Is Enough Training Provided? To begin with, check with the state regulator where you will be practicing to find out if there are any minimum requirements for the amount of training, both classroom and practical. As a minimum, any phlebotomy program that you are considering should provide at least 40 hours of classroom training (the majority require 120) and 120 hours of clinical training. Anything below these minimums might indicate that the program is not expansive enough to provide adequate training.
Are Internship Programs Sponsored? Ask the programs you are looking at if they have an internship program in partnership with local medical facilities. They are the optimal way to obtain hands-on practical training frequently not obtainable on campus. As an additional benefit, internships can help students develop contacts within the local Auburn University AL health care community. And they are a plus on resumes also.
Is Job Placement Support Offered? Getting your first phlebotomist job will be much easier with the help of a job placement program. Find out if the programs you are considering provide assistance and what their job placement percentage is. If a school has a higher rate, meaning they place most of their students in positions, it’s an indication that the college has both an excellent reputation together with a large network of professional contacts within the Auburn University AL healthcare community.
Are Class Times Compatible With Your Schedule? And last, it’s important to make sure that the ultimate school you choose offers classes at times that are compatible with your active lifestyle. This is especially true if you choose to continue working while attending college. If you can only go to classes at night or on weekends near Auburn University AL, check that they are available at those times. Additionally, if you can only attend part-time, verify it is an option as well. And if you have decided to attend online, with the clinical training requirement, make certain those hours can also be fulfilled within your schedule. And ask what the make-up policy is should you have to miss any classes due to illness or emergencies.
Where to Find Local Phlebotomy Certificate Schools Auburn University Alabama
Making certain that you enroll in the right phlebotomy training is a critical first step toward your success in this fulfilling medical care career position. As we have addressed in this article, there are several factors that go into the selection of a quality school. Phlebotomy certificate or degree programs can be offered in a number of academic institutes, including junior or community colleges, trade schools, and colleges and universities that offer a comprehensive array of courses in medical care and health sciences. Course offerings may vary somewhat across the country as every state has its own criteria when it pertains to phlebotomy training, certification and licensing. The most important point is that you must diligently screen and compare each college before making your final choice. You originally came to this website due to an interest in Where to Find Local Phlebotomy Certificate Schools and to get more information regarding Where to Find Online Phlebotomy Schools. However, by asking the questions that we have furnished, you will be able to fine tune your options so that you can pick the ideal phlebotomy college for you. And with the appropriate training, you can accomplish your goal of becoming a phlebotomy technician in Auburn University AL.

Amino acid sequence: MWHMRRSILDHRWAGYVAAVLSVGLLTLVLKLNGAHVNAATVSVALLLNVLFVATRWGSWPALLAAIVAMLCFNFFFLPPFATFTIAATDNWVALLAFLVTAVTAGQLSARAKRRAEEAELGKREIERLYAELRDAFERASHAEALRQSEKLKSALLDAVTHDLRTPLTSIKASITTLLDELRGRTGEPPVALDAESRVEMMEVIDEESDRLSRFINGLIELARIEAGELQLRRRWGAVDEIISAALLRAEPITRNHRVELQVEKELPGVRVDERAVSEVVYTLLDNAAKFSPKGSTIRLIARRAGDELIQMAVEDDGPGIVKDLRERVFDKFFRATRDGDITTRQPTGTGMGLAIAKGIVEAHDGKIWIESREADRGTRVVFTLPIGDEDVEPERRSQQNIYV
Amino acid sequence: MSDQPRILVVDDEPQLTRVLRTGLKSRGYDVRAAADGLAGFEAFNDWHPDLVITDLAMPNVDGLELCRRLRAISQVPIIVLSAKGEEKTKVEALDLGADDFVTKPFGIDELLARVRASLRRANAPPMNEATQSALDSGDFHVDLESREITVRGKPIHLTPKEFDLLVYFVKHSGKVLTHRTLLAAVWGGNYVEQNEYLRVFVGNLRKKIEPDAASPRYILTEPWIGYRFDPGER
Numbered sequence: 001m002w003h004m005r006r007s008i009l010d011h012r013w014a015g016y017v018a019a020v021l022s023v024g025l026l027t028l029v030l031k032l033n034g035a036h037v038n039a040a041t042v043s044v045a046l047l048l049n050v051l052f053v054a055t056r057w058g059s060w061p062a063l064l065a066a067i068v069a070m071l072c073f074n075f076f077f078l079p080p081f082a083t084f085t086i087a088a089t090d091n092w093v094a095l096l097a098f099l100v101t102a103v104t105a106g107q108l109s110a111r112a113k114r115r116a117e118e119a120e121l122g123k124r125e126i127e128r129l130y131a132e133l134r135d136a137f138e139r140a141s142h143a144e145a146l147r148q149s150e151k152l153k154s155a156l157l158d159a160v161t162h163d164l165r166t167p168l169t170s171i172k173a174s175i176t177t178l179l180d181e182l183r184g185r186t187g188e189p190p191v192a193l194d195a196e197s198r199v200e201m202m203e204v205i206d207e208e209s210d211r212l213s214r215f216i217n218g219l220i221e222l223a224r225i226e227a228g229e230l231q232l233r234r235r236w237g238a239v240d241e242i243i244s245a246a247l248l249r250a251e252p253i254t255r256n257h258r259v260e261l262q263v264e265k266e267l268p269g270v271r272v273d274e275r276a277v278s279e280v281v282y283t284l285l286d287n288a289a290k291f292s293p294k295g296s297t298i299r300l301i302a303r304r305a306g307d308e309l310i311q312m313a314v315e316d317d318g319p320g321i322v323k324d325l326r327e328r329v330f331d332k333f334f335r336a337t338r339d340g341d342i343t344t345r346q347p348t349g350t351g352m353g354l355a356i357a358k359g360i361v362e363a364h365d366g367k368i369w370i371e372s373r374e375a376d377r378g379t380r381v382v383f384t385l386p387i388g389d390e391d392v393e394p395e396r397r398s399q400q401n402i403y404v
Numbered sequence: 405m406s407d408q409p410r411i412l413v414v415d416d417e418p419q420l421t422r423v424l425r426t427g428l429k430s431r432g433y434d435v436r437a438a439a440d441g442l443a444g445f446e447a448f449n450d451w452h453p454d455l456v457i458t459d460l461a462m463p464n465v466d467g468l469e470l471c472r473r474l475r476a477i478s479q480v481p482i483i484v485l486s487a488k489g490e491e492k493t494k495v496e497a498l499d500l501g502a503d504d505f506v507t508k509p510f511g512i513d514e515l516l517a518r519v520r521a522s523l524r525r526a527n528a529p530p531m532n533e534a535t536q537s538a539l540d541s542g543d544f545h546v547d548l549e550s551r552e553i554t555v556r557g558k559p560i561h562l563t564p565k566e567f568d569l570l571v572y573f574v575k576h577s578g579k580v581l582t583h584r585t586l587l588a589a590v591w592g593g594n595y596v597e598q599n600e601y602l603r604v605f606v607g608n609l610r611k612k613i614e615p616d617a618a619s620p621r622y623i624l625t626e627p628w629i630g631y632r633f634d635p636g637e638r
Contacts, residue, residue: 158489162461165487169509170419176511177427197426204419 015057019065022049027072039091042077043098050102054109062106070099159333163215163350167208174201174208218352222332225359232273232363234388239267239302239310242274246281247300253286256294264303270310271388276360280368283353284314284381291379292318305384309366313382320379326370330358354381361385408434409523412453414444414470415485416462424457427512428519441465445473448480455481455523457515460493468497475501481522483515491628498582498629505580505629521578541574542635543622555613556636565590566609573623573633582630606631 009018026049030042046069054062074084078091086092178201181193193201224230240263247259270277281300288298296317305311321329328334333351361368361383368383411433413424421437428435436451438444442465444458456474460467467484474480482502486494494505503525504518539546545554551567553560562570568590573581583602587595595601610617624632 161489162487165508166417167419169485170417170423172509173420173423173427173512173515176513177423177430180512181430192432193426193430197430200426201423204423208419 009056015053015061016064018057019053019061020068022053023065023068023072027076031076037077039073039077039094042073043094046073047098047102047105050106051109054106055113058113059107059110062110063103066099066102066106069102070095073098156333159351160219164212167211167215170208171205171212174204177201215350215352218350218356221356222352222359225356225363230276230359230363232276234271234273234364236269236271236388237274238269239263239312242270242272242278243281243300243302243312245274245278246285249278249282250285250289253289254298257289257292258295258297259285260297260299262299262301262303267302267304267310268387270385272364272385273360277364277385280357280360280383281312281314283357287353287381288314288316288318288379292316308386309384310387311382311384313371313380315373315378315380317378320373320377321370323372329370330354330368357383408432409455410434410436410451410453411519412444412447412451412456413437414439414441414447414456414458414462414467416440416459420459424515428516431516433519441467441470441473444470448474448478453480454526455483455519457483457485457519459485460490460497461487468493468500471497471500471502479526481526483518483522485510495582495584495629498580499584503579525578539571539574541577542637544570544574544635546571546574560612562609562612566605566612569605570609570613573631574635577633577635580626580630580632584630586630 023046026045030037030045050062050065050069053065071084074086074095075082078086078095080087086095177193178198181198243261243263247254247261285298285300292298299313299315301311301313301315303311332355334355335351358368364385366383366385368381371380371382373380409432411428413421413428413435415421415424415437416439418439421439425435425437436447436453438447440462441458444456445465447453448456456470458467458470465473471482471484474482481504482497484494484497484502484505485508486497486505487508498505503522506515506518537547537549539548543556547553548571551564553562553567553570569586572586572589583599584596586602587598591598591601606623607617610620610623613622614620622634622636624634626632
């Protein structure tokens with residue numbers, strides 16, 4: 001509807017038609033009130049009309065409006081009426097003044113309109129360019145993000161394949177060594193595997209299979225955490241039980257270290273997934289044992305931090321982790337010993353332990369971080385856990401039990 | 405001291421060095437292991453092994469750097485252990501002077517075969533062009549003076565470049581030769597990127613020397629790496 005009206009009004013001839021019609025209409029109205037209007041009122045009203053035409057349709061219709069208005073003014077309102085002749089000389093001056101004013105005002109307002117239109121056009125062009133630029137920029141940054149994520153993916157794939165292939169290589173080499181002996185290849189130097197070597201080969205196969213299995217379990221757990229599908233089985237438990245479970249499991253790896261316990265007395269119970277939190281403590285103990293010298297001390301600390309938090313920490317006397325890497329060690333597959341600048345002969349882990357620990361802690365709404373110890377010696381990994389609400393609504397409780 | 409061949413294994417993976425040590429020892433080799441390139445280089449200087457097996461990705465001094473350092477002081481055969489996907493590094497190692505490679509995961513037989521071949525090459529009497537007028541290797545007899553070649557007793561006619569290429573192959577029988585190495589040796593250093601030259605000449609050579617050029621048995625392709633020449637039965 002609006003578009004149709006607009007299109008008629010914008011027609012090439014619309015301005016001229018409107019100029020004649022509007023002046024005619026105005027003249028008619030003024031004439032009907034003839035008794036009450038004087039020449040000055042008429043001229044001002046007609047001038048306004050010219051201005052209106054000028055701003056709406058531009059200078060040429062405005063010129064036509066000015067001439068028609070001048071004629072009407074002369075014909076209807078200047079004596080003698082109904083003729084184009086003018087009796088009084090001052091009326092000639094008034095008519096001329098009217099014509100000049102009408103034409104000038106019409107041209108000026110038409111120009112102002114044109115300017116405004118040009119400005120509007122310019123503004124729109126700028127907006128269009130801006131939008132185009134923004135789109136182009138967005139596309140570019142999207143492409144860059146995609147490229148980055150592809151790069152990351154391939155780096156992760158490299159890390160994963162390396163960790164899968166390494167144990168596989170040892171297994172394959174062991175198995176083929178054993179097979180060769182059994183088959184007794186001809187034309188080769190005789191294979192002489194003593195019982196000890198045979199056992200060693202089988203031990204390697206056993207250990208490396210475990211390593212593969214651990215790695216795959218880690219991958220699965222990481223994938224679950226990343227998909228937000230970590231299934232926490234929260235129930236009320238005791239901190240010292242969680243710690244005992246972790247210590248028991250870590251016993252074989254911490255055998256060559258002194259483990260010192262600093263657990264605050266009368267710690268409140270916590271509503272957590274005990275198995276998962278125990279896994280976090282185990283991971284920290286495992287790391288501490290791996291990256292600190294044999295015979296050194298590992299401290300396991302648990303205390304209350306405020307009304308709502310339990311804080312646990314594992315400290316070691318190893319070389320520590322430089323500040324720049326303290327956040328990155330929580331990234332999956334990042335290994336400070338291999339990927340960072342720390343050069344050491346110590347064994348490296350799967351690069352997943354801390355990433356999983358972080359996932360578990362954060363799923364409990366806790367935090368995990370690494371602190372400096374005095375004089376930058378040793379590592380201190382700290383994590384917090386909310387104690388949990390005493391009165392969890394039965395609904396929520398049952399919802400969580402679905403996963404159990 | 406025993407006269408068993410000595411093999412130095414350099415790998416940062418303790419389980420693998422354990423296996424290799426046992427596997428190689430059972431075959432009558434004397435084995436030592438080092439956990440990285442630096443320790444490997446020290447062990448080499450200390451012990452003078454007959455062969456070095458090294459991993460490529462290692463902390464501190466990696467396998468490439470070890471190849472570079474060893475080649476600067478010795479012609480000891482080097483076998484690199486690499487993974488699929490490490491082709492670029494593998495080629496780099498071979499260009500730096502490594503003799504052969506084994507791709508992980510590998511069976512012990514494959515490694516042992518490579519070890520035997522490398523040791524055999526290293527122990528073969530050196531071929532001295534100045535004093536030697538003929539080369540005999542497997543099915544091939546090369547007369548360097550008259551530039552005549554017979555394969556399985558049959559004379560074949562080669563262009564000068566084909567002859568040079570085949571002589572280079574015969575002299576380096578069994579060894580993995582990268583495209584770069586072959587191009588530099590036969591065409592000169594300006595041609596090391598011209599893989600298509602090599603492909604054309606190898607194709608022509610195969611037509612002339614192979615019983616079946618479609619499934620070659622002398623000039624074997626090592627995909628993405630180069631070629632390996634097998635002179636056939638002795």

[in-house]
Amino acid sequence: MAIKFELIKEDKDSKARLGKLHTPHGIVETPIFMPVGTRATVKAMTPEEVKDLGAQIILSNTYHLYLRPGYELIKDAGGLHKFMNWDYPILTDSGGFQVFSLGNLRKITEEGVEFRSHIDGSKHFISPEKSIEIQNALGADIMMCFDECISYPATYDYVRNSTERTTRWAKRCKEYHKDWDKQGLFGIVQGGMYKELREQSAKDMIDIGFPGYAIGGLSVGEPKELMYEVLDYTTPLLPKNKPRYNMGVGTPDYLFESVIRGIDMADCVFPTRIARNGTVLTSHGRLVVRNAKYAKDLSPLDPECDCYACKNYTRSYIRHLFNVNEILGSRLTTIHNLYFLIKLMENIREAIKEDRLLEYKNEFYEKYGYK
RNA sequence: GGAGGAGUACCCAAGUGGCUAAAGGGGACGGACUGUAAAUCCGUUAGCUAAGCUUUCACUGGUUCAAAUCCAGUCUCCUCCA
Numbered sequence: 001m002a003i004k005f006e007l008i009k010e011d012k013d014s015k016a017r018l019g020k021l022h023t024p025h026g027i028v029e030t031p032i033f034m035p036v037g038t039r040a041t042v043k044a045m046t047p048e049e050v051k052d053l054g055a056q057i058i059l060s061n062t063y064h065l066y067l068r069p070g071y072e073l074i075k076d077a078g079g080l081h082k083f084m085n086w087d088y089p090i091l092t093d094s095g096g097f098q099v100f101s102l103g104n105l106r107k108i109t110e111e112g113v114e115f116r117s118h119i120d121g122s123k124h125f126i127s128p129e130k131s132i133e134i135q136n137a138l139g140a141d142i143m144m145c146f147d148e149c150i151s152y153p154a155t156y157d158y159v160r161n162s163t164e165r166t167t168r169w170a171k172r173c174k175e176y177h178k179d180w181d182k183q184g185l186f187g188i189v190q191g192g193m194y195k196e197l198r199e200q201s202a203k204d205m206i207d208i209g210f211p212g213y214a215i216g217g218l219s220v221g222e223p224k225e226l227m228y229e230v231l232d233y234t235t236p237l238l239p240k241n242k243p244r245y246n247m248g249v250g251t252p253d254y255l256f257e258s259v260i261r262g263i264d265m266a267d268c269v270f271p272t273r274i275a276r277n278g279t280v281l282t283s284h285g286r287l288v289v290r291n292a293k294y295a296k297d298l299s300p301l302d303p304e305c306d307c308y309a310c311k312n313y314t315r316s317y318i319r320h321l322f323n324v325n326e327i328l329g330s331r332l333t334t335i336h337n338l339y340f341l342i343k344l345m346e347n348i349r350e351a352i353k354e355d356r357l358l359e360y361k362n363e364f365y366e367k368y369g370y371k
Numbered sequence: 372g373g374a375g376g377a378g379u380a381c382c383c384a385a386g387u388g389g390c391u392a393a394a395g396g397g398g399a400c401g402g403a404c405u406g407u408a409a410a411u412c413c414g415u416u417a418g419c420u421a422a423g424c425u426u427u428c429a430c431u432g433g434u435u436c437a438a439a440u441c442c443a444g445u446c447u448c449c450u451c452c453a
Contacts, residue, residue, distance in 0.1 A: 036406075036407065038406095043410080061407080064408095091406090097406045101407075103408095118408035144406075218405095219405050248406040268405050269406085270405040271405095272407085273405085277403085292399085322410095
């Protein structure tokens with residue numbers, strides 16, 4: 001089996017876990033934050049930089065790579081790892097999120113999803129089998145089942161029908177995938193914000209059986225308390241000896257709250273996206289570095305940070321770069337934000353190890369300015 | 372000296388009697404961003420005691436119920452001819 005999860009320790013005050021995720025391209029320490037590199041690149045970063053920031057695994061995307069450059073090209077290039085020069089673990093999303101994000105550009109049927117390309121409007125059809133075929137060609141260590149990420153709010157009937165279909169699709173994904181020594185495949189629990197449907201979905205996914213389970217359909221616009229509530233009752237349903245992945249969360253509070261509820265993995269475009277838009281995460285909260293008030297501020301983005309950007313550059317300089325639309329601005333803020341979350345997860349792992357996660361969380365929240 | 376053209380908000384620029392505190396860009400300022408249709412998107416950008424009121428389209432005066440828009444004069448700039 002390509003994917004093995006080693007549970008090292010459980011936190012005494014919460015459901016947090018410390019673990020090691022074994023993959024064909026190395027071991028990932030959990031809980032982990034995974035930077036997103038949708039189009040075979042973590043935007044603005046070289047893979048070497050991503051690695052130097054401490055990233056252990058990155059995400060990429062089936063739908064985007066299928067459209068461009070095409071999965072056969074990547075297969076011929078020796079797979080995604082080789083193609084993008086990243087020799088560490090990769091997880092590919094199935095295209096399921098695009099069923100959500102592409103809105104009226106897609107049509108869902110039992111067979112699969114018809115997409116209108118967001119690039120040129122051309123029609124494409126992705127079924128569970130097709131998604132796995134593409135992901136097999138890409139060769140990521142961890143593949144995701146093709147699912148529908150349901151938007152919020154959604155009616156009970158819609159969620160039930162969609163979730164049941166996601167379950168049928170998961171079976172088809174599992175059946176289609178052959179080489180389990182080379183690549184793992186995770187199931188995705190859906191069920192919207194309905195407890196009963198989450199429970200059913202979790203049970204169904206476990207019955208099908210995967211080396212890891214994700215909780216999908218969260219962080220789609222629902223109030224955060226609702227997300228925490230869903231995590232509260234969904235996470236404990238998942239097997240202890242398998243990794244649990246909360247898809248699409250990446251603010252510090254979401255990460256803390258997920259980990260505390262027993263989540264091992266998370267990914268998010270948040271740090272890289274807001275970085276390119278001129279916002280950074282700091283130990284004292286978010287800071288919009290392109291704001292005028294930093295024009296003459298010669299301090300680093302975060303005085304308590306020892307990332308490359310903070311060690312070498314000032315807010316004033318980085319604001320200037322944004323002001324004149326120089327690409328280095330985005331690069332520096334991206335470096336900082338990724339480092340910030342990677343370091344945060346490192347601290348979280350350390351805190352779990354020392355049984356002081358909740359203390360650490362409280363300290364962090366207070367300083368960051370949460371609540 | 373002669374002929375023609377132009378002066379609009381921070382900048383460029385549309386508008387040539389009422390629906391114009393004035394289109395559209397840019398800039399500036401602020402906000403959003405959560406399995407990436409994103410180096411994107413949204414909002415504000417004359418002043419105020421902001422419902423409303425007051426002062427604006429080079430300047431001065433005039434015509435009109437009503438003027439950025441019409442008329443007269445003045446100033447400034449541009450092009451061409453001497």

Other Bloody Wonderful Alabama Locations
Auburn University (AU or Auburn) is a public research and Land-grant university in Auburn, Alabama. With more than 23,000 undergraduate students and a total enrollment of more than 30,000 with 1,260 faculty members, Auburn is the second largest university in Alabama. It is one of the state's two public flagship universities.
Auburn was chartered on February 1, 1856, as East Alabama Male College, a private liberal arts school affiliated with the Methodist Episcopal Church, South. In 1872, under the Morrill Act, it became the state's first public land-grant university and was renamed as the Agricultural and Mechanical College of Alabama. In 1892, it became the first four-year coeducational school in Alabama, and in 1899 was renamed Alabama Polytechnic Institute (API) to reflect its changing mission. In 1960, its name was changed to Auburn University to acknowledge the varied academic programs and larger curriculum of a major university.
The Alabama Legislature chartered the institution as the East Alabama Male College on February 1, 1856, coming under the guidance of the Methodist Church in 1859. Its first president was Reverend William J. Sasnett, and the school opened its doors in 1859 to a student body of eighty and a faculty of ten.